Schedule of Events | Search Abstracts | Symposia | Invited Symposia | Poster Sessions | Data Blitz Sessions

Poster A56

Emotion regulation and salivary cortisol in Top 100 esports competitors

Poster Session A - Saturday, April 13, 2024, 2:30 – 4:30 pm EDT, Sheraton Hall ABC

Kyle Nolla1 (, Mark Beeman1, Paul Reber1, Aiden Cella2, Emma Adam1; 1Northwestern University, 2Purdue University

Achieving expert-level skill in high-performance domains requires excellent emotion regulation. The emerging field of esports, or professionalized competitive gaming, provides an avenue for studying self-regulatory processes in experts. We suggest that competitors use emotion regulation to support performance by coping with negative emotions. Additionally, we suggest that physiological stress markers such as cortisol awakening response (CAR) reflect successful regulation. We surveyed players at 12 national-level Super Smash Bros tournaments. Players ranked in the Top 100 (top 0.1%) also completed 1) a salivary cortisol sampling protocol to measure CAR on one competition and non-competition day and 2) a semi-structured interview. 133 participants, including 28 elite, completed surveys. 18 elite players completed cortisol sampling and 12 gave interviews. Players who engaged in fewer maladaptive emotion regulation strategies had better performance (F(1,132) = 18.4, p < .01, R2 = 0.12), even controlling for rank and hours of practice (F(4,126) = 19.7, p < .01, R2 = 0.39). In domain-specific surveys, emotion regulation was a separate factor from other facets of skill like sensorimotor ability. CAR was blunted on competition days which may indicate poor coping. Finally, inductive coding of interviews revealed common themes: 1) elite players modulate bodily responses to achieve optimal performance, 2) they adapt growth mindsets to maintain resilience, and 3) they strategically manage social feedback. In conclusion, for elite competitors, the psychological demands of tournament competition are high, but they utilize several adaptive strategies – even if those strategies do not necessarily result in “normal” physiological stress on competition days.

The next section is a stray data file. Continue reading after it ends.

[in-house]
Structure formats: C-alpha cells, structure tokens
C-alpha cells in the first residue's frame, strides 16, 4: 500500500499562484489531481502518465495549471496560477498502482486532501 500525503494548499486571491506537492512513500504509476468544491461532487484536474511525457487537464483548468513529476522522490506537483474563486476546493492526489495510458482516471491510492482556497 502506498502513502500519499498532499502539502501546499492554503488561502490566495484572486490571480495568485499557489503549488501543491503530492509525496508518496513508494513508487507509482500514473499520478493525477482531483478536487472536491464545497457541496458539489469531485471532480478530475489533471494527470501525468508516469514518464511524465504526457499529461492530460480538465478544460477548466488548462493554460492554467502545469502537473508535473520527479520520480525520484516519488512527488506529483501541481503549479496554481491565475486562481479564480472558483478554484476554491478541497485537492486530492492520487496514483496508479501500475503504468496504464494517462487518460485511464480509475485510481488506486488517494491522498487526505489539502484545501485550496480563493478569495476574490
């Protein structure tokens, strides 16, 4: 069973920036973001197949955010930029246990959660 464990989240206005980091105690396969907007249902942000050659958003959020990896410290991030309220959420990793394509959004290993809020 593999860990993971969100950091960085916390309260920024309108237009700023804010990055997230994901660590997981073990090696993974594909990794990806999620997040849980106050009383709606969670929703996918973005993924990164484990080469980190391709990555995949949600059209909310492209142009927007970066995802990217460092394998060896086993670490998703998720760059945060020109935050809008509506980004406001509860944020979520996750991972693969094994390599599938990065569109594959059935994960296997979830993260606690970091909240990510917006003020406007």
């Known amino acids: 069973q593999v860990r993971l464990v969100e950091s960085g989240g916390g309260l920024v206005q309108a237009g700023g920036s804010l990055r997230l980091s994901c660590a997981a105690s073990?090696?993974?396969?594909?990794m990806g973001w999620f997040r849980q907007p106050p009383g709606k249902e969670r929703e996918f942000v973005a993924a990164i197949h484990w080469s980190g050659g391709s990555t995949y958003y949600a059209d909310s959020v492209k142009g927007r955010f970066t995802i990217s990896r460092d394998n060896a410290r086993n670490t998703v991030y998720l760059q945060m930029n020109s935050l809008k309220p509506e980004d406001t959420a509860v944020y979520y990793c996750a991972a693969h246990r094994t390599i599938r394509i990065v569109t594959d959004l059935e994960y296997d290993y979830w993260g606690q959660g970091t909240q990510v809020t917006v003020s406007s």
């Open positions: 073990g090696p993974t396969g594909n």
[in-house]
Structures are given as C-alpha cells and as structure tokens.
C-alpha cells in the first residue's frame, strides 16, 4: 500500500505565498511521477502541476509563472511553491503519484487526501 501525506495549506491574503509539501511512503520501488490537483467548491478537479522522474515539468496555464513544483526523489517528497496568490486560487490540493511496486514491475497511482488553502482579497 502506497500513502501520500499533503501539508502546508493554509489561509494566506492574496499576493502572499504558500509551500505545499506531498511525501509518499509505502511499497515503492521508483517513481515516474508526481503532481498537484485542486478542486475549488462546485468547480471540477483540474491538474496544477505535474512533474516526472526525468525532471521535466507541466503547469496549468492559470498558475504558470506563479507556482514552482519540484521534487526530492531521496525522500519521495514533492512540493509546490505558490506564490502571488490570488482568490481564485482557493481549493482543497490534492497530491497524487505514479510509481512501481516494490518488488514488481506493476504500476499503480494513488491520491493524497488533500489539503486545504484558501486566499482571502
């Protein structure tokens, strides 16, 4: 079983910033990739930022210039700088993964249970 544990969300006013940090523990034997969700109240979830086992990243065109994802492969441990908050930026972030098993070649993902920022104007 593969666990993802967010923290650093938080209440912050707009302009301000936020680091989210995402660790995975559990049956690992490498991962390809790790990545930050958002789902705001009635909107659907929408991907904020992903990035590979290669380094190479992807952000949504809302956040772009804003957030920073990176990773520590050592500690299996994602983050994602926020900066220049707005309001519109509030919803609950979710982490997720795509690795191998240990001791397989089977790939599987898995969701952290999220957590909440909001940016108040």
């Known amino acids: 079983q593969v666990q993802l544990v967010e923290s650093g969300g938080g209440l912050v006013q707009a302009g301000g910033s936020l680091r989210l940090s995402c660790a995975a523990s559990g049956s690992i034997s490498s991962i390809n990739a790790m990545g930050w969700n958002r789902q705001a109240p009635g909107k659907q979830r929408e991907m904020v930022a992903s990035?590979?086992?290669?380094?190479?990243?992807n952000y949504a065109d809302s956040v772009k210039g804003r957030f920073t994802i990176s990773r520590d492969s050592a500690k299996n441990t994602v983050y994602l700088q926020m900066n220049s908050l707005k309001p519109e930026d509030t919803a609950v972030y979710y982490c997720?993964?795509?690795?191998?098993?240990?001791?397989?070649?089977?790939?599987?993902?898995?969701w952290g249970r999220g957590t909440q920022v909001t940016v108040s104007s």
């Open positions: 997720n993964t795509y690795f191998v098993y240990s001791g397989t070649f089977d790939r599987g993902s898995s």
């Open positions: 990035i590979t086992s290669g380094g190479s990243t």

Topic Area: EMOTION & SOCIAL: Emotion-cognition interactions


CNS Account Login


April 13–16  |  2024